Sticking it to skin

The impact of wearable device material on successful adhesive choices

Advancements in medical wearable technology are improving device sizes, performance, wear time, and cost. These innovations mean improvements in electronics, such as smaller batteries and sensors, and computing software for data collection and monitoring are designed to be more compact and suit longer wear times. However, the wear time depends on adhesives and choosing the right one compatible with the device and the end user. 

Developing a suitable adhesive begins in the development phase, where we consider the surface energy of the device materials and the skin. We align the differences between how our adhesives stick comfortably to the skin without restricting the end user’s movements and holding the device in place on the body so that it can perform according to its purpose.

In this article, we’ll share how surface energy determines which device materials and adhesives we select to bond with device materials and the skin.


Surface energy

Surface energy measures the attraction of a material to other materials through their molecular structure. Notably, it’s how liquid reacts on a surface.  It is measured in a range between high surface energy to low surface energy. Surface energy regarding successful adhesive choices, means how easily or difficult adherence occurs between adhesives, wearable materials, and skin.

Here are some guidelines to differentiate between the two:

  • If a material  has a high surface energy, liquids will quickly spread out over the surface because that maximizes their intermolecular interactions.  Examples of high surface energy materials that are commonly used to encase a wearable device are Polyester, Polycarbonate and Polyurethane.
  • Liquids will tend to form droplets on the surface for low surface energy materials  because that maximizes the intermolecular interactions within the fluid.  Some typical examples of low surface energy materials are Silicone and Polypropylene.

Bonding easiest occurs between an adhesive and a substrate or surface when the surface energy is high, making it easier for it to “wet out”. Plainly stated, if the surface energy is low, the adhesive will bead and not cover the surface of the substrate, creating a weak bond. If the surface energy is high, the adhesive will spread and cover the entire surface, creating a solid bond.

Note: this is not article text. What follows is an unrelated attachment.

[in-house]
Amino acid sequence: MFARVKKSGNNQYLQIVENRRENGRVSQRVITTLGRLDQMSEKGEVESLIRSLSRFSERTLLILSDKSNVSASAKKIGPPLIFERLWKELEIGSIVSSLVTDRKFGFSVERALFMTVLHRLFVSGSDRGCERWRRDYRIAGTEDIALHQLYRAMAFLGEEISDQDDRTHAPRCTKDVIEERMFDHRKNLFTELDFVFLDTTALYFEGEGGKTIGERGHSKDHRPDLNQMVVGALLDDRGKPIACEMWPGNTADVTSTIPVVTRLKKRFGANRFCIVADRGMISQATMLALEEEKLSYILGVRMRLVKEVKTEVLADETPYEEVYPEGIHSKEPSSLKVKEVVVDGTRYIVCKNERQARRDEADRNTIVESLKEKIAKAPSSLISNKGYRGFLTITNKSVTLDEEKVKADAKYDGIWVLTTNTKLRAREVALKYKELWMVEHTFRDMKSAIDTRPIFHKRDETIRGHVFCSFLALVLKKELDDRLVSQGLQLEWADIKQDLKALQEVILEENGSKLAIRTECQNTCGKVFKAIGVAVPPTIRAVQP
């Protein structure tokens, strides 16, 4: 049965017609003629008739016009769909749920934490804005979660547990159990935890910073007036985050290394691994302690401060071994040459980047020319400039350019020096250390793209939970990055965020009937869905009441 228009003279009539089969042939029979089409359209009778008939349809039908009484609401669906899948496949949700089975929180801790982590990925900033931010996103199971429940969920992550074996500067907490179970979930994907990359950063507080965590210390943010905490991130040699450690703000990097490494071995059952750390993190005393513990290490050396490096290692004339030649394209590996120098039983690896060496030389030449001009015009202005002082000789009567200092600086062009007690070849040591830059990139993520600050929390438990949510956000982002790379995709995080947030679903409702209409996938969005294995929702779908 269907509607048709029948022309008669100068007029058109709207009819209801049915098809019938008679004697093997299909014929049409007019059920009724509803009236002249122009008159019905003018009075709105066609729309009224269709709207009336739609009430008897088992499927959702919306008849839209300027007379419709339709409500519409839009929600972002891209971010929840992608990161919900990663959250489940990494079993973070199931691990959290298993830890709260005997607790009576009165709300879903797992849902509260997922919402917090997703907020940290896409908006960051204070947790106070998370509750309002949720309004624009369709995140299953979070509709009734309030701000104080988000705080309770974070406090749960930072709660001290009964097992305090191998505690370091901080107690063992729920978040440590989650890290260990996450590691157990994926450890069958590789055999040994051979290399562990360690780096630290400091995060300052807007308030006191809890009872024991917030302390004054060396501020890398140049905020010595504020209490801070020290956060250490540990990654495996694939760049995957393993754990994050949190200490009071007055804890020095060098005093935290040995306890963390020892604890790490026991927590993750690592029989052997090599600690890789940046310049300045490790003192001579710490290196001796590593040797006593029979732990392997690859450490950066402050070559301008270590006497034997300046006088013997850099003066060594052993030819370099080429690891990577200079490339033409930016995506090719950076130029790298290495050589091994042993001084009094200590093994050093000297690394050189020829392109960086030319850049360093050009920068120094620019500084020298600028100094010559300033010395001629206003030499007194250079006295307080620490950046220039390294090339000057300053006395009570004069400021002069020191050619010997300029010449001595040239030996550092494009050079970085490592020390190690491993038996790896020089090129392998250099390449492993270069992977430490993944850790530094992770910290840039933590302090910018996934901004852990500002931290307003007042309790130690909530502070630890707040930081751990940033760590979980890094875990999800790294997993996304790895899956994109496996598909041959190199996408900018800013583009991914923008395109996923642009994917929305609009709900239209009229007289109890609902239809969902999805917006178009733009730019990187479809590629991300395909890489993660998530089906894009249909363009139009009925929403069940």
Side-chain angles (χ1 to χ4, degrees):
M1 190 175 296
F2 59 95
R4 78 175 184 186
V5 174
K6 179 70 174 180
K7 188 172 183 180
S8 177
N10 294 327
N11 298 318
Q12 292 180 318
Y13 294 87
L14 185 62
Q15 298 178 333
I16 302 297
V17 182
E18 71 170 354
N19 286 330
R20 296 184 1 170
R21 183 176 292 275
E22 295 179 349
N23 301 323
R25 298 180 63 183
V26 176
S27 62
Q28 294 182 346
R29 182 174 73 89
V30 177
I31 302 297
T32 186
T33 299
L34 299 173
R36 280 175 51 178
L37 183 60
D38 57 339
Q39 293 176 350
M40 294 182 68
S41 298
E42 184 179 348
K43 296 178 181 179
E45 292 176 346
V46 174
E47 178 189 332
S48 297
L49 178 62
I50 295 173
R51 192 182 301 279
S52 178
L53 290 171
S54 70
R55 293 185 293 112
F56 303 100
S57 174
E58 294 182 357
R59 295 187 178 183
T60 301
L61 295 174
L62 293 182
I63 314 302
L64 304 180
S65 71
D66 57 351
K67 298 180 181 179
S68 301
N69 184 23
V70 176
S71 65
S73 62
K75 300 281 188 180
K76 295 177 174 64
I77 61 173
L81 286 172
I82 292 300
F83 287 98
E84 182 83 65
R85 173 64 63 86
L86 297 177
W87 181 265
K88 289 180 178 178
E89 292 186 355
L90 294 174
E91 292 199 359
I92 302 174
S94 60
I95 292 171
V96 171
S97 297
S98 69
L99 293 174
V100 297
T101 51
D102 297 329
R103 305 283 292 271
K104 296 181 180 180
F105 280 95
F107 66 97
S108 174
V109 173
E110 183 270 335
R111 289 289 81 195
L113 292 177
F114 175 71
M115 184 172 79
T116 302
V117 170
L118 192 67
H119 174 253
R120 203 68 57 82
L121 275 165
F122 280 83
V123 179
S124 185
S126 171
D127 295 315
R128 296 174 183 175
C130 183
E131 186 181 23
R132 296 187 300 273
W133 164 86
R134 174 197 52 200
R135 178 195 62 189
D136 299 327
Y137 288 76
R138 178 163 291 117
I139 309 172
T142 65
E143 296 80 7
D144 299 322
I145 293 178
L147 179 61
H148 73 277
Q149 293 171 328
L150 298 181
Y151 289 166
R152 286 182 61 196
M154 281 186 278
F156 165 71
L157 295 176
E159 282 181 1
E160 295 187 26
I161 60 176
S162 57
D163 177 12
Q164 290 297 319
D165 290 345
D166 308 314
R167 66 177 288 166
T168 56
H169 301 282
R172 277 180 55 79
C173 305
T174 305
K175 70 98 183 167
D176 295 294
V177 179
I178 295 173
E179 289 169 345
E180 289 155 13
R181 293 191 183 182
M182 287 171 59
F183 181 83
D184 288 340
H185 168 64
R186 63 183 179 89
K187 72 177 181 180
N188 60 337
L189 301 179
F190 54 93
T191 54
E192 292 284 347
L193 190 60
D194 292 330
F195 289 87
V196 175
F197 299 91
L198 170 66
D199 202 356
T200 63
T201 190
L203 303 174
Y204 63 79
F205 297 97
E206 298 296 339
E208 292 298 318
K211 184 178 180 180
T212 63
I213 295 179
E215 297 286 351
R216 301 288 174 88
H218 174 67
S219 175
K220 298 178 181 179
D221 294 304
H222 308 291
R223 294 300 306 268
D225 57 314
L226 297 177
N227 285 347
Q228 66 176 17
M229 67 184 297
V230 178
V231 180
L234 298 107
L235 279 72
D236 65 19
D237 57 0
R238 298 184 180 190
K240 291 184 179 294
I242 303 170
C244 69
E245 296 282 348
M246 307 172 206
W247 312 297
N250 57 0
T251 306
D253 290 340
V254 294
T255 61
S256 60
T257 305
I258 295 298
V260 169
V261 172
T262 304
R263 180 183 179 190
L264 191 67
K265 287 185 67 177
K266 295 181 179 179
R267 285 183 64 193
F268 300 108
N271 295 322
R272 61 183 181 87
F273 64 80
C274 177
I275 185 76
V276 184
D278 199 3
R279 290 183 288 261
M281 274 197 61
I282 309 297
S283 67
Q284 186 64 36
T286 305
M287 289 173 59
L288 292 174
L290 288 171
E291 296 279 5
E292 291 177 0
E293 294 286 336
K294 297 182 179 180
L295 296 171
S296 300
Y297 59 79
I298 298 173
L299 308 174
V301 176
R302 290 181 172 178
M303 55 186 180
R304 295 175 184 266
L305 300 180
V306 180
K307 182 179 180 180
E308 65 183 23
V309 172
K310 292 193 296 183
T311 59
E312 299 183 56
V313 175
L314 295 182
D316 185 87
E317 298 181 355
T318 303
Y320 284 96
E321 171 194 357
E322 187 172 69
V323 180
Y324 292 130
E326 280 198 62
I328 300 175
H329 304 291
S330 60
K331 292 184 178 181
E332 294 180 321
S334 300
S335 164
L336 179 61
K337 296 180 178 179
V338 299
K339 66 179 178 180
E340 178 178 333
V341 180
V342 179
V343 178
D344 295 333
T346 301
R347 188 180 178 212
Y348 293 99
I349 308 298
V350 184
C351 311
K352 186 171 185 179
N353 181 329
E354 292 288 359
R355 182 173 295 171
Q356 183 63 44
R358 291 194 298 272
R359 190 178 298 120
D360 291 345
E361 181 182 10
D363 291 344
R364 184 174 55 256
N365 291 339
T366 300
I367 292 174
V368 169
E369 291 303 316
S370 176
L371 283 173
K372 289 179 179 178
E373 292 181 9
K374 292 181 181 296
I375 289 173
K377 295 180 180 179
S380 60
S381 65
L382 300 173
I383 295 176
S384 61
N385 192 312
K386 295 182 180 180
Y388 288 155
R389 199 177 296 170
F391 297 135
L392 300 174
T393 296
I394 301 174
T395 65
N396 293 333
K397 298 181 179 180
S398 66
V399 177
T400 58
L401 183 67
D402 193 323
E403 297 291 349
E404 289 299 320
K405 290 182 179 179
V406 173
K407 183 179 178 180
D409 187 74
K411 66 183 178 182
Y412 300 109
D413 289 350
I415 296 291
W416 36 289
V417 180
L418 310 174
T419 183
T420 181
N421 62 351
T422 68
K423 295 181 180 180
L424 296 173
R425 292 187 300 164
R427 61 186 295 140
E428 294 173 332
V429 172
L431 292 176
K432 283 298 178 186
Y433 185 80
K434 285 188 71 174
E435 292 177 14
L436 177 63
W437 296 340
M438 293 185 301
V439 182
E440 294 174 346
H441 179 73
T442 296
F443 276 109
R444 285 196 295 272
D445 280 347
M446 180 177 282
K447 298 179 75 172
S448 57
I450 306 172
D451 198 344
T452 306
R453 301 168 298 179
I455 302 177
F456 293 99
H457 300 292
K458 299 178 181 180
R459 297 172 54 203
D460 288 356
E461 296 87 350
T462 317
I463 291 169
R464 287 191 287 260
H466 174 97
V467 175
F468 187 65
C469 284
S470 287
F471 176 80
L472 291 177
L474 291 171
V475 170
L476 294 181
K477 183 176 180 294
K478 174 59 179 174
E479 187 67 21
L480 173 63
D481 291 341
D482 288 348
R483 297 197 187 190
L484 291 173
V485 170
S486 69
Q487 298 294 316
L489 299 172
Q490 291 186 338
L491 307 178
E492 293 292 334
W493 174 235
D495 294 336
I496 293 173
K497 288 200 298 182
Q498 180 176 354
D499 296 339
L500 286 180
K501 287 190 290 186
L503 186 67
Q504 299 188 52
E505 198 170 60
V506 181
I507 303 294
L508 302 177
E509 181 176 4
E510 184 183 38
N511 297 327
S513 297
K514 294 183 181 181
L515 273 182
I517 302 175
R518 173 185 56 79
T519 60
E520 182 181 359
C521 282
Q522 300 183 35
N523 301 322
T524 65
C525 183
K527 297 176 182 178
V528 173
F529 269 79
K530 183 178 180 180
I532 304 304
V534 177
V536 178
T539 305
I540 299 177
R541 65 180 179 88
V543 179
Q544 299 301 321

Surface energy of different materials such as metals, ceramics, silica (silicates and glass), and graphite, have a high surface energy and quickly bond with adhesive applications. However, engineered polymers, hydrocarbon, fluorocarbon, and silicone polymers have low surface energy. 

In the case of low surface energy materials, these materials can have other material characteristics that prove valuable, such as being good thermal or electrical conductors. 

These varying characteristics are one of several reasons Avery Dennison must conduct testing on the specific material to develop suitable solutions and select the right adhesive to bond with the medical device.

Choosing the right materials

So far, we’ve discussed surface energy and the crucial role its understanding serves when selecting the suitable adhesive to bond with a device. Choosing the right materials for medical wearables and adhesives is about the complex balance between the device and the user. In other words, each layer of the wearable device must collect data, monitor users remotely, and not hinder user movement, all while fitting comfortably on the body. Let’s examine one of our case studies to emphasize the importance of meeting the demands of a complex balance between the device and the user.

Pilot applications: A case study

Avery Dennison conducted a 21-day wear time study, “Demonstrating 21-Day Wear Time for Medical Wearable Device Applications (February, 2023),” to design an extended wear adhesive for 21 days.  

Healthy participants were selected to wear mock devices on the backs of their upper arms to record how long the device remained attached to the body before failing and to measure skin irritations on the body. 

The study results showed that selecting the right materials for the adhesive must consider the adhesive chemistry, environment, device design, device location on the body, and skin factors. These considerations impact the overall wear performance.

Our commitment to quality

Avery Dennison collaborates with medical device companies and suppliers who are experts in materials science to develop medical wearable solutions. Together, we produce new product ideas and simple solutions. 

We prioritize skin-friendly materials  and timely solutions to meet the needs of wearable device companies and their users. We maintain transparency and credibility in our partnerships to comply with the FDA and other regulatory bodies.


Adhesive selection is contingent on the materials used in making a device and their wear time performance. A more thorough understanding of surface energy and the relationships between medical wearable devices and adhesive materials provides clarity in developing reliable  products that comfortably perform for the end users.

At Avery Dennison, we are committed to quality through our collaborations and pilot applications to keep pace with the evolving medical wearable market.